I don’t believe in omens but it was rattling to walk into a state of emergency on my first day on the Sunshine Coast.
Rains battered the 6:20 a.m. ferry as it pulled away from Bowen Island – my home for the last three years – Monday morning but the dire consequences of the storm had yet to sink in.
From my new desk in a new office in a new town, I’d watch videos of a local Bowen lake – and reservoir the island’s largest water system – overflowing; I saw photos of an arterial island road washed away and then rebuilt while small-town support networks worked their magic on either side of the washout. I’d be lying if I said I didn’t wish I was there with them, pulling together with the people I’d gotten to know and love. The gut-dropping reality of emergency tempered some of my great excitement of arriving to this gorgeous, quirky stretch of coastline.
Here on the Coast, reporter Keili Bartlett was on top of updates every couple of hours as conditions changed constantly. Scenes of damage on the Coast – while severe in places – were thankfully far short of the catastrophes unfolding on the mainland. (I note here that GoFundMe has created a hub for those wanting to make donations to B.C. flood victims.)
But the Coast wasn’t entirely spared. From the washout on Day Road that cut off at least seven properties to an evacuation order for two properties on Ocean Beach Esplanade to an ongoing boil water advisory in parts of Gibsons and Elphinstone, emergency crews and local volunteers have worked through the nights to restore services. Though I’m not yet acquainted with them, I’m certain the small-town support networks were working their magic here too.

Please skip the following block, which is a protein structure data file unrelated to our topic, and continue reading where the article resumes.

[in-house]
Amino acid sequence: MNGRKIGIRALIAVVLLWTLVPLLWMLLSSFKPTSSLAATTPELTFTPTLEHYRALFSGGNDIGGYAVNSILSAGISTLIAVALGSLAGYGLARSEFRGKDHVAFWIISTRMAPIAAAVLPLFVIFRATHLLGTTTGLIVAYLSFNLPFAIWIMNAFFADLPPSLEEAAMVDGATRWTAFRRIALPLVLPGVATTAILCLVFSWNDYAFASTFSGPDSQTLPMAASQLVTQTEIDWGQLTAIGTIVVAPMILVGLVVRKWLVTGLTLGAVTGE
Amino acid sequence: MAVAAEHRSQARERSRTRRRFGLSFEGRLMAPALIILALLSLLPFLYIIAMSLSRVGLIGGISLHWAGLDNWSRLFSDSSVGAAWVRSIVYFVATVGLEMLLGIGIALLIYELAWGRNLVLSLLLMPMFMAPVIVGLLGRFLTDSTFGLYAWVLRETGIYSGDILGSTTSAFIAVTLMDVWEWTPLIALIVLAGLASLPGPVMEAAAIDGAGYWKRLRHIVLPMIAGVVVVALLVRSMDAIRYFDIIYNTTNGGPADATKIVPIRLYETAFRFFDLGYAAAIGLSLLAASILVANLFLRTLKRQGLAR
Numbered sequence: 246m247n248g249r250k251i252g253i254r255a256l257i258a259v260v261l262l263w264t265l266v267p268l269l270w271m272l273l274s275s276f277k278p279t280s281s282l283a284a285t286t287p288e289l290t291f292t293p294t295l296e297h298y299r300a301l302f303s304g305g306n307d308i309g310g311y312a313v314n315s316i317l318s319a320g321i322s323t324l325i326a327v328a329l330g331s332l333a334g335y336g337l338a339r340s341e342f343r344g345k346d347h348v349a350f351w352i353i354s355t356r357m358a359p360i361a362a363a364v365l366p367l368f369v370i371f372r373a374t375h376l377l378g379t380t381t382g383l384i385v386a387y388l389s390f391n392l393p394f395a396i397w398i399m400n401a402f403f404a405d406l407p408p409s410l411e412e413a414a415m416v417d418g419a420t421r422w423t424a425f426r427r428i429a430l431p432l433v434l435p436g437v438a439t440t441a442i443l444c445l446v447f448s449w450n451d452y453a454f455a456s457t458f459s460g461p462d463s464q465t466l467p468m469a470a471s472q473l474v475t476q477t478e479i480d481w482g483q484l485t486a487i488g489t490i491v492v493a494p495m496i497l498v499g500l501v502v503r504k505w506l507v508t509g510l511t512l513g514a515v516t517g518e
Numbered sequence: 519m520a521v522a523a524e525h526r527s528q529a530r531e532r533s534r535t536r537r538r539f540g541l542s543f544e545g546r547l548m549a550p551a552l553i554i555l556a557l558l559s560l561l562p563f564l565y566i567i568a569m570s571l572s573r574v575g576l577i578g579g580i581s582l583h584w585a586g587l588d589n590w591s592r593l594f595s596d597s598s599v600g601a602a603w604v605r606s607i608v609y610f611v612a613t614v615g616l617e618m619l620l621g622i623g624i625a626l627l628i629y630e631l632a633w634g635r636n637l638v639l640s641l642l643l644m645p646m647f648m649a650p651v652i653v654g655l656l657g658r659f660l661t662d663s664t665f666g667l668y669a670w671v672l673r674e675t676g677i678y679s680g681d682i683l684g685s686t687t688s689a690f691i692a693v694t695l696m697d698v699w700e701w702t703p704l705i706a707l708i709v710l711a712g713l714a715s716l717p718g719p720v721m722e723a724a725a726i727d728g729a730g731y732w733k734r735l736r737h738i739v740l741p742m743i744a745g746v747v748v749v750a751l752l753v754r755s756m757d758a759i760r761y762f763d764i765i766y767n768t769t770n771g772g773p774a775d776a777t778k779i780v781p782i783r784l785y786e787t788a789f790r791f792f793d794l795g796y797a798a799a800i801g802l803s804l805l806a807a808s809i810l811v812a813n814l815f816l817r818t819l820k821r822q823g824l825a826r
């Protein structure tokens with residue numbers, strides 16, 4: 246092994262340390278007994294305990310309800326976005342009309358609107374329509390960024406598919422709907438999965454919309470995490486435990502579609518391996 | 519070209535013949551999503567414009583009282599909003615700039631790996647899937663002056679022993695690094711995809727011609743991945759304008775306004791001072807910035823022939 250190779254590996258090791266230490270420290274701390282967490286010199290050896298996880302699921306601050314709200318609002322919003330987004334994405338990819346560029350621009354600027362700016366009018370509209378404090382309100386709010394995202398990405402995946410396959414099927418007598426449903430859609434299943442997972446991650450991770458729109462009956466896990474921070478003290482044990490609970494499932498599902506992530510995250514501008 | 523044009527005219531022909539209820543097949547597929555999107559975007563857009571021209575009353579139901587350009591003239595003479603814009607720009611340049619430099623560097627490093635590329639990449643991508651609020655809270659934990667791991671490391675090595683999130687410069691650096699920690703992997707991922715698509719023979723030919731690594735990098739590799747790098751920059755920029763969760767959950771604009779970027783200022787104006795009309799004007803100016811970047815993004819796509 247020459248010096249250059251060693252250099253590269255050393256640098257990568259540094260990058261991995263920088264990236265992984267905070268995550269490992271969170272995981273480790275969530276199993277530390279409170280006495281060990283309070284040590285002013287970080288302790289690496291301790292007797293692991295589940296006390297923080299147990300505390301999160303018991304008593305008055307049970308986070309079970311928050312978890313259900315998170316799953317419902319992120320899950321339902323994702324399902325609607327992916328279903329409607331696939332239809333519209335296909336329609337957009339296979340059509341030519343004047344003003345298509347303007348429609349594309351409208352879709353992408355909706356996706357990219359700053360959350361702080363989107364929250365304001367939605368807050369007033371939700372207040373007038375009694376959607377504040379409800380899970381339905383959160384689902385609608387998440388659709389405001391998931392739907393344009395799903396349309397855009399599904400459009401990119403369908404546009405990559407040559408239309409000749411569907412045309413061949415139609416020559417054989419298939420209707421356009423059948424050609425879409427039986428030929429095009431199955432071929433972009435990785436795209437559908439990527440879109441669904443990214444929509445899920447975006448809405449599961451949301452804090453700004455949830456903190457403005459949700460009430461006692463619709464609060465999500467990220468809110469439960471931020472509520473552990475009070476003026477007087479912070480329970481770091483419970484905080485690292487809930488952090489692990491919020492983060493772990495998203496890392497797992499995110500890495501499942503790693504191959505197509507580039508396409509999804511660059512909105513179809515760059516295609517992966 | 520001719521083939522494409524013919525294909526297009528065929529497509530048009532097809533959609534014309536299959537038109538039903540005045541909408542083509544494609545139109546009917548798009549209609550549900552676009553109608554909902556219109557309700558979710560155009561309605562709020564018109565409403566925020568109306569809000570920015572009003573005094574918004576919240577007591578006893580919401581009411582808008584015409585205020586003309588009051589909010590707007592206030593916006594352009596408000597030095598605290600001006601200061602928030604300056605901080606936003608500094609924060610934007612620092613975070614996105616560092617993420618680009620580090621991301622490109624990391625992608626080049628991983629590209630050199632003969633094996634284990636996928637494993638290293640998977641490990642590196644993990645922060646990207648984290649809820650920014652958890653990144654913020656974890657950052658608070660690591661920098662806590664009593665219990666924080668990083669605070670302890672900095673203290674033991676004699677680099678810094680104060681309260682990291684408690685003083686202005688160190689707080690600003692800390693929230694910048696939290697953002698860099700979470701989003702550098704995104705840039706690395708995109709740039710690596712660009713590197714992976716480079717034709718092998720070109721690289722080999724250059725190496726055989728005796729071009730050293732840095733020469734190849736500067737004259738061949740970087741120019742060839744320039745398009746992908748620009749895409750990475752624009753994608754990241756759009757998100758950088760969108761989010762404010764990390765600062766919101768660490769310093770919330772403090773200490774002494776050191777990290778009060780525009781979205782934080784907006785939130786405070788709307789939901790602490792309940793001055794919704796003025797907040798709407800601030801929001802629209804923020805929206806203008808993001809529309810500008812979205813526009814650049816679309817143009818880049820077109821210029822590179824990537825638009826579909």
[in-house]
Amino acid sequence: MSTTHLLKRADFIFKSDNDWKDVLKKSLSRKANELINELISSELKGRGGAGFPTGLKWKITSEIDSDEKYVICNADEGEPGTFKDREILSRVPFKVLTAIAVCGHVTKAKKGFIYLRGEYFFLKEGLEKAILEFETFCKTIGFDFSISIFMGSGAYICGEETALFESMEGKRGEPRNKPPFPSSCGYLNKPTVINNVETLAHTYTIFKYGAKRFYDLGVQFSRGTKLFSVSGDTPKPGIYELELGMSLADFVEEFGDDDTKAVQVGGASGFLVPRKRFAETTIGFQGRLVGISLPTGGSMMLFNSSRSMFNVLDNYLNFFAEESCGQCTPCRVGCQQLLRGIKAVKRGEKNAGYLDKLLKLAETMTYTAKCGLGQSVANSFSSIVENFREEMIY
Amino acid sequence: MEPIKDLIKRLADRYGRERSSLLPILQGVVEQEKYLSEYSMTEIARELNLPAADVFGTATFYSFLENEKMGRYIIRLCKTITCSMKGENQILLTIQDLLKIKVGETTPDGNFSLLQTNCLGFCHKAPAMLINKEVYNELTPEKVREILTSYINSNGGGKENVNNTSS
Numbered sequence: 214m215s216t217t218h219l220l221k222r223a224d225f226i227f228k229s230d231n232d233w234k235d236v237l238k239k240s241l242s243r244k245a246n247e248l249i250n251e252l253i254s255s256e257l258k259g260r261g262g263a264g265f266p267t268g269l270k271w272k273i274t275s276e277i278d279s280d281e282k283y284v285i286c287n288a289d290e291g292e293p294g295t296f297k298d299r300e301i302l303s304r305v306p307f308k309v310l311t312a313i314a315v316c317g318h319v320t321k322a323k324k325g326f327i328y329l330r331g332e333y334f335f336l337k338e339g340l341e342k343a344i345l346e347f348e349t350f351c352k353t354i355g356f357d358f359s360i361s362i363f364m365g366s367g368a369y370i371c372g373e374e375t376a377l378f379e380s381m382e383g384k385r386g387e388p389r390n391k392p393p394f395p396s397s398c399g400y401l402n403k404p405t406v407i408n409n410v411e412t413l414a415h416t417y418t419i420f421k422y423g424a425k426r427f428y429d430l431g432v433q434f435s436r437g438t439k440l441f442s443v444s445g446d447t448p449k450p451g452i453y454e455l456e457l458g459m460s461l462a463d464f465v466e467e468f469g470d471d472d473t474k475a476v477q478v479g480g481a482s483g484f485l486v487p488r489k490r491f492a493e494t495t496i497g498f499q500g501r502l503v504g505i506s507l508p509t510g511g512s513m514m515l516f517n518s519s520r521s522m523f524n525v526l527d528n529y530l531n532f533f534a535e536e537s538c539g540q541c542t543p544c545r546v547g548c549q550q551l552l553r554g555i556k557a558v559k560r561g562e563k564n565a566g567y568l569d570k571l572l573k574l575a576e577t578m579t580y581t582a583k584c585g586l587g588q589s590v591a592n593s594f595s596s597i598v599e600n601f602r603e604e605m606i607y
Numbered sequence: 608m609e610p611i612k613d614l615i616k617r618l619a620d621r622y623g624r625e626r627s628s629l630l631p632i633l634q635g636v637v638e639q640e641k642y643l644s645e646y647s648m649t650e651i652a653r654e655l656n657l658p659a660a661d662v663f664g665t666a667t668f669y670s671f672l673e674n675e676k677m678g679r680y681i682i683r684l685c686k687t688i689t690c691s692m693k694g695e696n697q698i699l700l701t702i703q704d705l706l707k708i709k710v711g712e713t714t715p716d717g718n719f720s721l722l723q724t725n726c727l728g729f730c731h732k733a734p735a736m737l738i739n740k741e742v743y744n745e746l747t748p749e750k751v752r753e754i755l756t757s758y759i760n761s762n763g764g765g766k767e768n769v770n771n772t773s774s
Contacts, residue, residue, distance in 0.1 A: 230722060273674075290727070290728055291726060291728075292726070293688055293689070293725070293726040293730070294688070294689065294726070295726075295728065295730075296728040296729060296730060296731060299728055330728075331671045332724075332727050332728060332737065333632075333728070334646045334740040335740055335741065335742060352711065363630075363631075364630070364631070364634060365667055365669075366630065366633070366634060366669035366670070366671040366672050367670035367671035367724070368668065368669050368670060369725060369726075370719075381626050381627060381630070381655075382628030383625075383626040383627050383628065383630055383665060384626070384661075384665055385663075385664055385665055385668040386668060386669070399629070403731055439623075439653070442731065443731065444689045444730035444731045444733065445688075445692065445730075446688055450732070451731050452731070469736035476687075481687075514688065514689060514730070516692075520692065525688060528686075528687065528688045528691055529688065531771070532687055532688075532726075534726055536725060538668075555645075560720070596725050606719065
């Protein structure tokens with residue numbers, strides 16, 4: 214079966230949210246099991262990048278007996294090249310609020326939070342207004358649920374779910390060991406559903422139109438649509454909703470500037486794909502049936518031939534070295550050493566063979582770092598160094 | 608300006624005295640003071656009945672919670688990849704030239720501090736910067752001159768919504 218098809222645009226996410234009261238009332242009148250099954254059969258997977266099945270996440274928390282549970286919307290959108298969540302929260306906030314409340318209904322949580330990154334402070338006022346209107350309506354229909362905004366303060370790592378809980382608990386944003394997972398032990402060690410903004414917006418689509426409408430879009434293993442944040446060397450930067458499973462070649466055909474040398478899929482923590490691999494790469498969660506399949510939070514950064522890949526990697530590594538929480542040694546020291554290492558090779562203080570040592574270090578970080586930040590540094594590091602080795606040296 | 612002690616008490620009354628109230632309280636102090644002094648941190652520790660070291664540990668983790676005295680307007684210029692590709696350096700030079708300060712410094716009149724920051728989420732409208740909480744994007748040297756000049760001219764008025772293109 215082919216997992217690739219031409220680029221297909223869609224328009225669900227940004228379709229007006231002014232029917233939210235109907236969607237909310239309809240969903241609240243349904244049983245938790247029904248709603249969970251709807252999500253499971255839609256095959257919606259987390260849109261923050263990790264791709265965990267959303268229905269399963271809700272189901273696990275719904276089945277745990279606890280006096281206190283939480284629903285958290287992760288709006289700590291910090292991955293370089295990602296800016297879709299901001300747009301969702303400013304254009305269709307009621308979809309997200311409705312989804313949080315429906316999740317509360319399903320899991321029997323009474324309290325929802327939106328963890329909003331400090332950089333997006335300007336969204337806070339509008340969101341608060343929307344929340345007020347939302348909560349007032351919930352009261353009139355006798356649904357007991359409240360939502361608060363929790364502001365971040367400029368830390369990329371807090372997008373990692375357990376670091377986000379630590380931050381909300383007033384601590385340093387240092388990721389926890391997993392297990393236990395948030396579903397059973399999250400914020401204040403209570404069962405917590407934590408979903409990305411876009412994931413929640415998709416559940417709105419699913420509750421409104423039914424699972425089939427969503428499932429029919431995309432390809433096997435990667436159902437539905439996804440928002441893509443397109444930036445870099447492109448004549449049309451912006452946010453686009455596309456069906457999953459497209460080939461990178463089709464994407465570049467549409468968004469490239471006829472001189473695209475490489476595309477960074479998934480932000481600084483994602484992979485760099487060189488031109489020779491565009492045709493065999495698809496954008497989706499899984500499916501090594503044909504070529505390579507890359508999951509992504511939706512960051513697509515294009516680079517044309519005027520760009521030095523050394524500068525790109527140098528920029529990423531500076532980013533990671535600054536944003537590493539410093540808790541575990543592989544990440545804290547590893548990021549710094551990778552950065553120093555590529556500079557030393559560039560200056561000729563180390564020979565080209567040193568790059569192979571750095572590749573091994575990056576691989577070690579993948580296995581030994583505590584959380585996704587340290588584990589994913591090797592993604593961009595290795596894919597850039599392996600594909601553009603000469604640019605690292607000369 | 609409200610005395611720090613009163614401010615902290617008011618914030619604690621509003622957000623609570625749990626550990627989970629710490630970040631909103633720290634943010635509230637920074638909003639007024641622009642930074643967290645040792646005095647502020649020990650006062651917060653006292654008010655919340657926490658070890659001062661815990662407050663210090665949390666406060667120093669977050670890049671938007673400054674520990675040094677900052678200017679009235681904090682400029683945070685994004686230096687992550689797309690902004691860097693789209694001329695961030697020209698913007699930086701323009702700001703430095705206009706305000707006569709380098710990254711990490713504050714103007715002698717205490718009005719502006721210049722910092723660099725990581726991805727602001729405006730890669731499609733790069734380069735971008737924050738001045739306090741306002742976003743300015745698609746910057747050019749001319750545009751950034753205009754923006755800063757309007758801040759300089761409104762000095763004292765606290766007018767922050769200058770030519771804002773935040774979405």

Walking into my apartment for the first time Monday evening, I realized that I had no recommended (strongly urged) emergency supplies – food, water, flashlight. I didn’t even have a pot to boil water in. Don’t be like me, be prepared.
This crisis was at the very least a harbinger of the perpetual state of emergency the climate crisis promises and a reminder that it’s all of our responsibility to have emergency kits ready anytime.
All this to say, hello! I’m the Coast Reporter’s new editor. I’m a relatively new British Columbian, having been raised in the Yukon and then having spent my school years out East. For the past three and a half years, I’ve been the reporter and editor for the Bowen Island Undercurrent – a little paper serving a small community where everyone seems to have a PhD (that sounds sarcastic, it’s not). I have great affection for the wacky, weird and absurd of small-town life and for redundant sentences.
But most of all, I have a great respect for local storytellers and local news. Through the pandemic I’ve watched how communities can use newspapers to maintain social bonds when a pandemic strips them of festivals and casual gatherings. I’ve seen how important it is to have local reporters, on the ground, fact-checking and quelling misinformation. And I’ve seen what a fantastic job this Coast Reporter team has done of that.
I cannot hope to step into John Gleeson’s massive shoes. Rather, I hope to work with the passionate, diligent and all-too-patient-with-a-bumbling-new-editor team at the Coast Reporter to eventually – together – fill in the hole he’s left behind.
It’s an honour to be here and I hope to get to know a great many of you. Please do reach out – I’m at email@example.com.
– Bronwyn Beairsto